Changes in the axon terminals of primary afferents from a single vibrissa in the rat trigeminal nuclei after active touch deprivation or exposure to an enriched environment.
Resumen: Lasting modifications of sensory input induce structural and functional changes in the brain, but the involvement of primary sensory neurons in this plasticity has been practically ignored. Here we examine qualitatively and quantitatively the central axonal terminations of a population of trigeminal ganglion neurons whose peripheral axons innervate a single mystacial vibrissa. Vibrissa follicles are heavily innervated by myelinated and unmyelinated fibers that exit the follicle mainly through a single deep vibrissal nerve (DVN). We made intraneural injections of a mixture of cholera-toxin B (CTB) and isolectin B4, tracers for myelinated and unmyelinated fibers respectively, in three groups of young adult rats: controls, animals subjected to chronic haptic touch deprivation by unilateral whisker trimming, and rats exposed for two months to environmental enrichment. The regional and laminar pattern of terminal arborizations in the trigeminal nuclei of the brain stem did not show gross changes after sensory input modification. However, there were significant and widespread increases in the number and size of CTB-labeled varicosities in the enriched condition, and a prominent expansion in both parameters in laminae III-IV of the caudal division of the spinal nucleus in the whisker trimming condition. No obvious changes were detected in IB4-labeled terminals in laminae I-II. These results show that a prolonged exposure to changes in sensory input without any neural damage is capable of inducing structural changes in terminals of primary afferents in mature animals, and highlight the importance of peripheral structures as the presumed earliest players in sensory experience-dependent plasticity.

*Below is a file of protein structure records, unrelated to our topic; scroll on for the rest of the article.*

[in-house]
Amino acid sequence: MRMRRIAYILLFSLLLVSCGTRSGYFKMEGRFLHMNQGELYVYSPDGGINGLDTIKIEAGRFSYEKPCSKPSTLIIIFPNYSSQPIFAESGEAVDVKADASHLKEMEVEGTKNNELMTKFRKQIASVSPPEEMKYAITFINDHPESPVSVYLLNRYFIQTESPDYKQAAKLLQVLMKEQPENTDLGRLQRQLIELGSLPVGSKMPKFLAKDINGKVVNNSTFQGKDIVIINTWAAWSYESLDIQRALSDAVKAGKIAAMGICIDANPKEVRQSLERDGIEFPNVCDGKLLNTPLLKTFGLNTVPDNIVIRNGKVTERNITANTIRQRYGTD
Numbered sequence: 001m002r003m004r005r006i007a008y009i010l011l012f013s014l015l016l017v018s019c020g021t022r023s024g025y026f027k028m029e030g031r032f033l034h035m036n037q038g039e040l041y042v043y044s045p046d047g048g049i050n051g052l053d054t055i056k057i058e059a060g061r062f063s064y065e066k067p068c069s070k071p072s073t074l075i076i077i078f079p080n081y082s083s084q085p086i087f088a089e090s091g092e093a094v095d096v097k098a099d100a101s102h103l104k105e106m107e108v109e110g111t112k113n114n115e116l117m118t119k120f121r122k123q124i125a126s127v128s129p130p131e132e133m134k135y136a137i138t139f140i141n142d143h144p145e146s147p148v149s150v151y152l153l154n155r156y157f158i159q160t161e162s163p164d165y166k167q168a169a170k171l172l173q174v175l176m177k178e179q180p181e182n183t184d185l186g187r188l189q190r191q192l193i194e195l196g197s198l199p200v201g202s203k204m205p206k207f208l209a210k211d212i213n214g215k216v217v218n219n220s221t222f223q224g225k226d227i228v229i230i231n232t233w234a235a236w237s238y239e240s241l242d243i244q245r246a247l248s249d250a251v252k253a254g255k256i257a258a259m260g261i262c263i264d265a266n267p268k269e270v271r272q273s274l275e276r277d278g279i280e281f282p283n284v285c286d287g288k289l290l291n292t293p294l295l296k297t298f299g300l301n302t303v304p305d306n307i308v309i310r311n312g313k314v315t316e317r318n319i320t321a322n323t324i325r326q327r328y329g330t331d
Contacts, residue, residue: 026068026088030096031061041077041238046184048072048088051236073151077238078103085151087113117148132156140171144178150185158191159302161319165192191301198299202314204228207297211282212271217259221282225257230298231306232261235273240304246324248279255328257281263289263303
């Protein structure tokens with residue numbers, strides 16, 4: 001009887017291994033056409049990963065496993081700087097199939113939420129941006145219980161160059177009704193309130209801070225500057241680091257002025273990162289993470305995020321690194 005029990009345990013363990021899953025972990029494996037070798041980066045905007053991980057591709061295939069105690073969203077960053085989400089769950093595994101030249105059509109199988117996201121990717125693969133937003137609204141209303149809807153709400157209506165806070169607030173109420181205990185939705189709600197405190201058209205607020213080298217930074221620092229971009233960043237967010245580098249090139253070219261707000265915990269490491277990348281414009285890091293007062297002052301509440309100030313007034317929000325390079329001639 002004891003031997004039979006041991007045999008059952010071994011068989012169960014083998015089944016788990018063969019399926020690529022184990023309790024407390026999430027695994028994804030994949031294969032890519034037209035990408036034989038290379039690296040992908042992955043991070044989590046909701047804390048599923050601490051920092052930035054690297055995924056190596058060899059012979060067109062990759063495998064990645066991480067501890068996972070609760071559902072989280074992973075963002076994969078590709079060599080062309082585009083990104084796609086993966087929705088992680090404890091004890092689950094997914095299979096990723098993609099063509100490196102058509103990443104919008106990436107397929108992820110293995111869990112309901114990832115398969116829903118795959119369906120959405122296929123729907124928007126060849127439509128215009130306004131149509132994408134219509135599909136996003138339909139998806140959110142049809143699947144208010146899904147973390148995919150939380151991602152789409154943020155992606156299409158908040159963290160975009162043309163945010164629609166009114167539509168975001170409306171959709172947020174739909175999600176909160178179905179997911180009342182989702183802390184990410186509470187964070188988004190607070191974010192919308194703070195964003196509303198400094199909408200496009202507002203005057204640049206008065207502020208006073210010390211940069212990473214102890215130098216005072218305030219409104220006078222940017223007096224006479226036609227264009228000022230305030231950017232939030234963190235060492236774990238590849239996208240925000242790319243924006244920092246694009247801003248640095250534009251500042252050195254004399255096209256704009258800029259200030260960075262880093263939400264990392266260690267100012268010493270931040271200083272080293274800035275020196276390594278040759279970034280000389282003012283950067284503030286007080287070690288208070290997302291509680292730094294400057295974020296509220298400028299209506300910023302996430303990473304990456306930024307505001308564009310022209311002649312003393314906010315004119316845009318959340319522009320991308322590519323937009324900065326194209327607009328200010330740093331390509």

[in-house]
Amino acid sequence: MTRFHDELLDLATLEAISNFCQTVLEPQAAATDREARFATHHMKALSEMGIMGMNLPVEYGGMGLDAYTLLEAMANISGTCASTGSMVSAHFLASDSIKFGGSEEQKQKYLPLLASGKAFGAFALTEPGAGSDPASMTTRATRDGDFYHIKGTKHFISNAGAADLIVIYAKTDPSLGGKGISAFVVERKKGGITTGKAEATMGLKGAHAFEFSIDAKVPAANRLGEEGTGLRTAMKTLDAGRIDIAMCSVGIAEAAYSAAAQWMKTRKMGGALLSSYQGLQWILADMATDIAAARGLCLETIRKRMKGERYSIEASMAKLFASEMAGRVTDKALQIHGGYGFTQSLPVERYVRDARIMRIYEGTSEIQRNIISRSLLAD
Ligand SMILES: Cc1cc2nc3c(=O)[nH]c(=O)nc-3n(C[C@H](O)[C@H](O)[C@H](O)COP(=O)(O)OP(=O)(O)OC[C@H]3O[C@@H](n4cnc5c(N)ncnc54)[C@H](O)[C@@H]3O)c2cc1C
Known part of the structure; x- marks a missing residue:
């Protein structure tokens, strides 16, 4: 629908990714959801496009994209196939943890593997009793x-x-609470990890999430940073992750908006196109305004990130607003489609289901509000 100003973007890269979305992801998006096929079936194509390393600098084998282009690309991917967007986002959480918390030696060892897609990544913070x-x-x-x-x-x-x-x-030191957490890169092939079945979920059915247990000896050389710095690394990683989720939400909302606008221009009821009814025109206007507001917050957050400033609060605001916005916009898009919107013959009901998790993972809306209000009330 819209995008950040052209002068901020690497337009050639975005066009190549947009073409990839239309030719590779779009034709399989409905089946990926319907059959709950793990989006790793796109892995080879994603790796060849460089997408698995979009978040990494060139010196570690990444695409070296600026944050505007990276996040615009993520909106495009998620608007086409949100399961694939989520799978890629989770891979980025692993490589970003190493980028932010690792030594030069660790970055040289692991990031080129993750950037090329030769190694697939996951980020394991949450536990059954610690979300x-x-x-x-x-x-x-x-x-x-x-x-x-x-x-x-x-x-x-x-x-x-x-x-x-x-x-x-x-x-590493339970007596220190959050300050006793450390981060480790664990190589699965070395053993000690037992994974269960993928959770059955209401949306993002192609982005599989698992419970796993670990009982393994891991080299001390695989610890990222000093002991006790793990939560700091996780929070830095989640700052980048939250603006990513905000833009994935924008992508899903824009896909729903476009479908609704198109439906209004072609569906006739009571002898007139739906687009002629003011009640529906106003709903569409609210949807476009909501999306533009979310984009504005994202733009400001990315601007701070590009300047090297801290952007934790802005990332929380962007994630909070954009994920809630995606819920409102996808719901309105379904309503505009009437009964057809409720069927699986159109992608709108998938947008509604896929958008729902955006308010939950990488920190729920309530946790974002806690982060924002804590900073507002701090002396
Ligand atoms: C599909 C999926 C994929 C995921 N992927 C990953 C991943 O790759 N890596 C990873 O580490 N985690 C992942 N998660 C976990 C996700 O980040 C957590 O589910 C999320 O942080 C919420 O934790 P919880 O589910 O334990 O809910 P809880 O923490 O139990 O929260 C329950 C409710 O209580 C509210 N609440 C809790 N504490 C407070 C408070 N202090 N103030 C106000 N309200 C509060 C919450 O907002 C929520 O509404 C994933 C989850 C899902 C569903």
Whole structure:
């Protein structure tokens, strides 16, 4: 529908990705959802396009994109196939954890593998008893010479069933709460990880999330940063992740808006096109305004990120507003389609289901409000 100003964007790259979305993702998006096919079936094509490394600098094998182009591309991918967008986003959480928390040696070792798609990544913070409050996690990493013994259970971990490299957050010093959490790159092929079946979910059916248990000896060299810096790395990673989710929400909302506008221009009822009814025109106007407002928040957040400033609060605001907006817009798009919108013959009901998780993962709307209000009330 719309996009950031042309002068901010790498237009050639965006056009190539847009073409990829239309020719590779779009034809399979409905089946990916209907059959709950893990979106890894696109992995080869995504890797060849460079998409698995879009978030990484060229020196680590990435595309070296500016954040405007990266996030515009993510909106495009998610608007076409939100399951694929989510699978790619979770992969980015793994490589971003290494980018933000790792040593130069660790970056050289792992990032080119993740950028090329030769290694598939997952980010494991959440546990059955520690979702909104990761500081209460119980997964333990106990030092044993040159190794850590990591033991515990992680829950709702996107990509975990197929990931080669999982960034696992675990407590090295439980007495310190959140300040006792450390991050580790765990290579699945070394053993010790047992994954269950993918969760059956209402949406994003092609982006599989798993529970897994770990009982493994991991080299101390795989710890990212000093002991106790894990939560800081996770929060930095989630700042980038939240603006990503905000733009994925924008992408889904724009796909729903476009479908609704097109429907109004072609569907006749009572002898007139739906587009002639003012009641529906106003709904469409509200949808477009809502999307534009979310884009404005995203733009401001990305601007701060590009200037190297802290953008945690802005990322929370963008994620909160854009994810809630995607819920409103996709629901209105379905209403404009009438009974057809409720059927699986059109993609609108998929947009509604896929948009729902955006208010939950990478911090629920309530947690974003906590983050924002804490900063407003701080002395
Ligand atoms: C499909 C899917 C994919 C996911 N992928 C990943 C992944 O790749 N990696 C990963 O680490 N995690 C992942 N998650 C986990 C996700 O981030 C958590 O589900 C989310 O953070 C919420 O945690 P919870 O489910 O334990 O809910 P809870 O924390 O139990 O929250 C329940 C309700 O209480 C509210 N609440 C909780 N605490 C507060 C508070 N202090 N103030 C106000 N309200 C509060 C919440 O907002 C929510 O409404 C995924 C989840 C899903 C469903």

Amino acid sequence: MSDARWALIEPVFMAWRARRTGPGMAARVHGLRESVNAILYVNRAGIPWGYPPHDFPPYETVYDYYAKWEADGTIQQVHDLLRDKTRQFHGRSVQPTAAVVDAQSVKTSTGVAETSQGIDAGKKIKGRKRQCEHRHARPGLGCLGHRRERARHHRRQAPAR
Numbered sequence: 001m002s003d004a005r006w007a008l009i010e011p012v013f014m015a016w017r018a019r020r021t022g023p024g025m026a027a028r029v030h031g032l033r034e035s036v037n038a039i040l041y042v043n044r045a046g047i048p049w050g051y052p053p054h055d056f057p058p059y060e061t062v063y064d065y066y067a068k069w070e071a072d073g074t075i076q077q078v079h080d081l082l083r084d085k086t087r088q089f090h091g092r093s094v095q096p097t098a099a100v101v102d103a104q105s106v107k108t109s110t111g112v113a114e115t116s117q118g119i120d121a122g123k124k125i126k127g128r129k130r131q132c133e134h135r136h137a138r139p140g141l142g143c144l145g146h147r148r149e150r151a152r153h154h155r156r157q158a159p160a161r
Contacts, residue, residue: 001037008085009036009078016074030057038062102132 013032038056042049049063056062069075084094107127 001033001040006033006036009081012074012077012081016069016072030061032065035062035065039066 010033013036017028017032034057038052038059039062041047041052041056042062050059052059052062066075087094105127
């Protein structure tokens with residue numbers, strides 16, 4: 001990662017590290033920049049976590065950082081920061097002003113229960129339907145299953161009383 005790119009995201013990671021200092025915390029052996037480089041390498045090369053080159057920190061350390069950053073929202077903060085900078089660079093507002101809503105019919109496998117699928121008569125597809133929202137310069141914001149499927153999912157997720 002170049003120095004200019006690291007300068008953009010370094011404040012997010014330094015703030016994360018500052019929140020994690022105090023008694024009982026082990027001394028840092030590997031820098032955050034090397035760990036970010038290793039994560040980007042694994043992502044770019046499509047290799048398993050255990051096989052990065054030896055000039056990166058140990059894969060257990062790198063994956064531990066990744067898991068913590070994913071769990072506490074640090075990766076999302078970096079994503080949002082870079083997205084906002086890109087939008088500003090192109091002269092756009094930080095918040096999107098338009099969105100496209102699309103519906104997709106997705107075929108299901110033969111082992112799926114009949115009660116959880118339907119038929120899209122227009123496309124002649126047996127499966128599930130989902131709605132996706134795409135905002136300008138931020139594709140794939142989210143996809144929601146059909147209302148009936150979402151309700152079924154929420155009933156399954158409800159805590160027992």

Identificador universal: http://hdl.handle.net/10641/1347
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